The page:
The major department stores such as Selfridges, House of Fraser, Debenhams and John Lewis, to name but a few are situated in the western part of Oxford Street which ends at Oxford Circus Tube. Beyond here the street changes character. There are a few large retailers such as Top Shop at Oxford Circus and the HMV store plus the Plaza, but this part of Oxford Street has more of a back street feel than a sophisticated retail area. There are people standing around with placards offering bargains down in the smaller side streets and offers of cut price English Lessons. Here and there are fruit stalls and London souvenir stalls.

Tottenham Court Road (Tube)(W1 &WC1) could be renamed Hi-Tec Road. Just about every shop sells computers and everything to do with computers. The famous Heal’s Store is at the northern end close to the Euston Road.

New Oxford Street (WC1)
This is just east of Tottenham Court Road beginning at the monolithic office block called Centre Point.

Again here are quite a few computer and software and camera shops.

Charing Cross Road(WC2) is the place for books-Waterstones and Foyles and music and recording equipment.

Denmark Street(WC2) (Tin Pan Alley) is just off here near Centre Point with Guitar shops and all to do with music. Lovers of Ray Davies and the Kinks will know this area from the song of the same name from the classic Lola, Powerman and the Money-go-round album.

Covent Garden (WC2) (Tube Covent Garden) (Rail Charing Cross)Usually choc full of tourists especially on Saturday and Sunday. Hundreds of fashion shops, cafes and restaurants, also loads of small interesting places off Neal Street and Seven Dials, many of which lean to the esoteric and health/ vegetarian lifestyle. In the old market building, which is the centre piece there are (neo) traditional sellers of things like soap, cheese and Cornish pasties and pies.

Mayfair (W1)
Quite close to Oxford Circus near Davies Street is Bond Street (Tube). This gives easy access to one of the most expensive and designer shopping places in the world. Classically designed Regent Street is its boundary. South of Oxford Street are other smaller streets, not least of which is Bond Street, made up of New Bond Street and Old Bond Street. These need no introduction as the most elegant thoroughfares which lead down towards Piccadilly and St.James (Piccadilly Circus Tube and Green Park Tube) Throughout Mayfair and St.James you will also come across exclusive, historical arcades which as far as I am concerned fall into the ‘if I had the money category,’ especially the jewellery, but it costs nothing to look. The world famous street of tailors, Savile Row runs down from Conduit Street and Gray’s Antique Market is close to Bond Street tube in Davies Street.

St.James (SW1) (Tube Green Park)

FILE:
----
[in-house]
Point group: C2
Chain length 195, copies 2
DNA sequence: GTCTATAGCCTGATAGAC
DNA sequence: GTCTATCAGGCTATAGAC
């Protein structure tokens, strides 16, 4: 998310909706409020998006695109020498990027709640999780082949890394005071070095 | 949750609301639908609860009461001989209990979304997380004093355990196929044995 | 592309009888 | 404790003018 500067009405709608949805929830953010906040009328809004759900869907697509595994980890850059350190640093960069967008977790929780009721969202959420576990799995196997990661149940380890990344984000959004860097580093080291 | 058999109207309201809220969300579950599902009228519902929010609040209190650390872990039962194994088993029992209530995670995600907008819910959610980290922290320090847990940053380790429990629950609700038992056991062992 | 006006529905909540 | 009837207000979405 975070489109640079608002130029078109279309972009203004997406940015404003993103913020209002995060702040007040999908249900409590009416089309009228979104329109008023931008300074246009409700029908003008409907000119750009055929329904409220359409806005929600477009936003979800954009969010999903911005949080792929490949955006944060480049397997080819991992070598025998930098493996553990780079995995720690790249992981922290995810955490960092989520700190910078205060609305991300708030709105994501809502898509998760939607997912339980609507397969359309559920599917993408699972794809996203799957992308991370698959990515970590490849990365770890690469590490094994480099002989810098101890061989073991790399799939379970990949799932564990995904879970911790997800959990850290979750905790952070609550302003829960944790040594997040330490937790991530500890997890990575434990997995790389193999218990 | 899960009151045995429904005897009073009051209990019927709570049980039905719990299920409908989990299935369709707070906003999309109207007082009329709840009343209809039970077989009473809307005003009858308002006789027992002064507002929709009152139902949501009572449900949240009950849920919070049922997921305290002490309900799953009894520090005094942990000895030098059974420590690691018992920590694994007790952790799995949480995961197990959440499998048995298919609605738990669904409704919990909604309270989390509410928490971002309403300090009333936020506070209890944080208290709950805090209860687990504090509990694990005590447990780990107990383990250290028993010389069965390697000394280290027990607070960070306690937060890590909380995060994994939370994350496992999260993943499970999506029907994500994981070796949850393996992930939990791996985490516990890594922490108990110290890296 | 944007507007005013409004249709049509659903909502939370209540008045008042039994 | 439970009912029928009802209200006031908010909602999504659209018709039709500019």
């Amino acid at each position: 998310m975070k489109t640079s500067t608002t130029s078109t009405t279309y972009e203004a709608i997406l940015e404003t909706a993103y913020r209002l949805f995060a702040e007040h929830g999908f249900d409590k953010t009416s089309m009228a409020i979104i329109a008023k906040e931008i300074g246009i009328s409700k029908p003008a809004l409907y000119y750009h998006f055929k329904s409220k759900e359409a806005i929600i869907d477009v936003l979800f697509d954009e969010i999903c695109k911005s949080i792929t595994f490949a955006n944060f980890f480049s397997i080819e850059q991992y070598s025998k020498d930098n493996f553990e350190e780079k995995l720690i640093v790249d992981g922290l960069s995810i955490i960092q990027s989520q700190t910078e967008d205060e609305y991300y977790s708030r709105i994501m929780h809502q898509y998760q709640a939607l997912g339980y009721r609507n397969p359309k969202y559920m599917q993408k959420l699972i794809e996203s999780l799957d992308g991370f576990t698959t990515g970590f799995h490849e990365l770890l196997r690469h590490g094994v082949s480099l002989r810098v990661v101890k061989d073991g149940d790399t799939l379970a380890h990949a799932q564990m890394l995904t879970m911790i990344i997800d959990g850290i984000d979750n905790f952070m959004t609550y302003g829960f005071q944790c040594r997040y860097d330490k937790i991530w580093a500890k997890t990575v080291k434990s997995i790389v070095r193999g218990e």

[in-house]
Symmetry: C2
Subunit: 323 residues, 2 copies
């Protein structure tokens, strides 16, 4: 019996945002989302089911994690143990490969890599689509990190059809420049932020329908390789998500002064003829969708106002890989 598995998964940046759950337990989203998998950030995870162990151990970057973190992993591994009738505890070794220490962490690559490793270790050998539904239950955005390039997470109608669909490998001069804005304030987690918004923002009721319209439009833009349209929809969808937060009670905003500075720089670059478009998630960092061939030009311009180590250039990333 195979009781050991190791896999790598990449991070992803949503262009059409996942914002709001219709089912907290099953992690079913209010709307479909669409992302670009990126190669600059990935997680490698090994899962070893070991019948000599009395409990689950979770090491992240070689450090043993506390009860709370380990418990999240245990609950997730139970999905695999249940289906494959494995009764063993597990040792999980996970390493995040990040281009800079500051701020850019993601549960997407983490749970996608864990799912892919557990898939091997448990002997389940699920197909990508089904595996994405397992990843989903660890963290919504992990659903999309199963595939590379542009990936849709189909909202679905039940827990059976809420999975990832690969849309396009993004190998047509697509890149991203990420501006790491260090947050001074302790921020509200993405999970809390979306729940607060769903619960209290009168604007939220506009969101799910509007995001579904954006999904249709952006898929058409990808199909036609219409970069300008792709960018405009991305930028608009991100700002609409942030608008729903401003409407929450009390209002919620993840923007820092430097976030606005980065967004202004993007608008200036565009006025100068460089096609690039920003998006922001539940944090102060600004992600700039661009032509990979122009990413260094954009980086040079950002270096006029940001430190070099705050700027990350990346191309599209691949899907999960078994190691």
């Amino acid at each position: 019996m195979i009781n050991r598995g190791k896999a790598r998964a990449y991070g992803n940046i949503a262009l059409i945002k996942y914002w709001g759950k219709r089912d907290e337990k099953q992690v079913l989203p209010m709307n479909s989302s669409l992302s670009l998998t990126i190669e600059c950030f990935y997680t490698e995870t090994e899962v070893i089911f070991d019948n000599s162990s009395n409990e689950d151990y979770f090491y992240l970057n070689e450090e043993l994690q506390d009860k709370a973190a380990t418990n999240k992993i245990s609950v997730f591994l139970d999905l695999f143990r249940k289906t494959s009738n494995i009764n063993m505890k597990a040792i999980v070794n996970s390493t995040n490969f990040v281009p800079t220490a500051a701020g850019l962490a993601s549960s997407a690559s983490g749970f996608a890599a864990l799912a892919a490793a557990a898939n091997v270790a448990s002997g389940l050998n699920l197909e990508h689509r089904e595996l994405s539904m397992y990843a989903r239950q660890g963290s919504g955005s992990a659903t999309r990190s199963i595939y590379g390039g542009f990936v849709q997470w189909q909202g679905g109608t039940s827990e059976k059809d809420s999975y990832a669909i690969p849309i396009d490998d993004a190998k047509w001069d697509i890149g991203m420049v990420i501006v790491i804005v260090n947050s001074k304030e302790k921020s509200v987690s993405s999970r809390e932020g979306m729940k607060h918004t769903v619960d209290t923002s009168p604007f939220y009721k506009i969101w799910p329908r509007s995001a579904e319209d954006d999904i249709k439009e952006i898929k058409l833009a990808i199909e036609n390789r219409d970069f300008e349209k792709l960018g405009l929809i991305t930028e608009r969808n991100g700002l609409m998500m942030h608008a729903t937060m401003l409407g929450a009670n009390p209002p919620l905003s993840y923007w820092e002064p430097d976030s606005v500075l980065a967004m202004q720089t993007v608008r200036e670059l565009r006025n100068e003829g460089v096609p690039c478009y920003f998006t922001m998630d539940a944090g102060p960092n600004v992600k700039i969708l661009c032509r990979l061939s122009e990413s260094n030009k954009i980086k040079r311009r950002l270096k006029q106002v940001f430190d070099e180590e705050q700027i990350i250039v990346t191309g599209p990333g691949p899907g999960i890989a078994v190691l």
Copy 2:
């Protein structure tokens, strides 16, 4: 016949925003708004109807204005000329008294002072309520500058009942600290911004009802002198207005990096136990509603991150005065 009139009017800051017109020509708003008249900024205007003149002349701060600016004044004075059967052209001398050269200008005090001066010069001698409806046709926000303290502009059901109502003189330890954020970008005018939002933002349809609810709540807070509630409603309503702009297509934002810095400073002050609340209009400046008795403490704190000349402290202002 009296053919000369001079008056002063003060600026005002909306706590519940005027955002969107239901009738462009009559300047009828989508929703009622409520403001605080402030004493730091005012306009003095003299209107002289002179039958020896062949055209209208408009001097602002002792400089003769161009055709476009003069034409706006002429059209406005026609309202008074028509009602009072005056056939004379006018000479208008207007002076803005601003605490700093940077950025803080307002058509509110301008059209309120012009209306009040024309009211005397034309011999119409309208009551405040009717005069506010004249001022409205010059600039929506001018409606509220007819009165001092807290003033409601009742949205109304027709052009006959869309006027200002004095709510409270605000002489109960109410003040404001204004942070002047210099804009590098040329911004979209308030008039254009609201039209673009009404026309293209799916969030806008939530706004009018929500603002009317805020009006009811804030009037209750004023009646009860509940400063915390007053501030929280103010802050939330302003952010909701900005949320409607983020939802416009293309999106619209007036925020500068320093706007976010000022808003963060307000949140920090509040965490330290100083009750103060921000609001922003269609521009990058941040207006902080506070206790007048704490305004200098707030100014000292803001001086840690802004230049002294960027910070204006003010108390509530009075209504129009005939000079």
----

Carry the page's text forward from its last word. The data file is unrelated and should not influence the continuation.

I think of St. James as a highly bred sexist area which is heavily biased towards the male of our species. This is not strictly true as ladies are also catered for, especially if they have an affinity for men’s clothing, smoke cigars and like to shave now and again.

Oh how can I be so disrespectful to majestic St.James? Where the sombre Palace sits aloof from the stately retailers who have quietly traded for centuries; where you don’t just buy things and get a sandwich or a burger. Heaven forbid! Here you immerse yourself in the scents of leather, waxy Barbour coats, crisp shirts and perfume; wrap your thighs in musky corduroy above your booted shins and look forward to a horsy weekend; sip aromatic coffee with a patisserie or sample vintage wines with oysters, surrounded by establishments purveying fine art.

If you want something more earthy then try the Golden Lion Pub in King Street, opposite Christie’s Auction rooms. There is an old saying-‘the pub is no good till the beer’s in the wood’. This is certainly true of the Golden Lion. Good food and good ale. The aroma of age old beer hits you as you walk through the door.

Trumper’s high class gentlemen’s hairdresser typifies St.James. You have you hair tailored at Trumper’s just as you have your hats/ jackets/suits/shoes/ shirts/ties and underwear made to a very high standard in the fine establishments nearby. In fact gentlemen’s shirts are the speciality of the area, particularly in Jermyn Street.

Like Mayfair, St.James’ has been patronised by the Royals for centuries, class is everywhere. This is where the well bred, well shod and well financed do their rounds. The Queen’s grocer, Fortnum and Mason graces Piccadilly where you can take English Tea, or if you prefer you can take tea at the Ritz. Just along Piccadilly is Royal Warranted Hatchard’s Books and Lladro. Towards the Ritz is the Caviar House.

St.James’ Street itself is steeped in excellence. Lock’s Hatters (1676) and Lobb’s Bootmakers (1849).For oenophiles, Hugh Johnson’s crystal and wine accessories shop complements two world class wine merchants close to St.James’ Palace, Berry Brothers and Rudd(1698) and Justerini and Brooks (1749). For specialist smokers there is Davidoff’s Cigars. Next door is Beretta, hunting outfitters and gun suppliers since 1536. Truefitt and Hill have supplied grooming products for gentlemen since 1805. Living history over each threshold.

Pimlico Road (SW1) (Tube Sloane Square)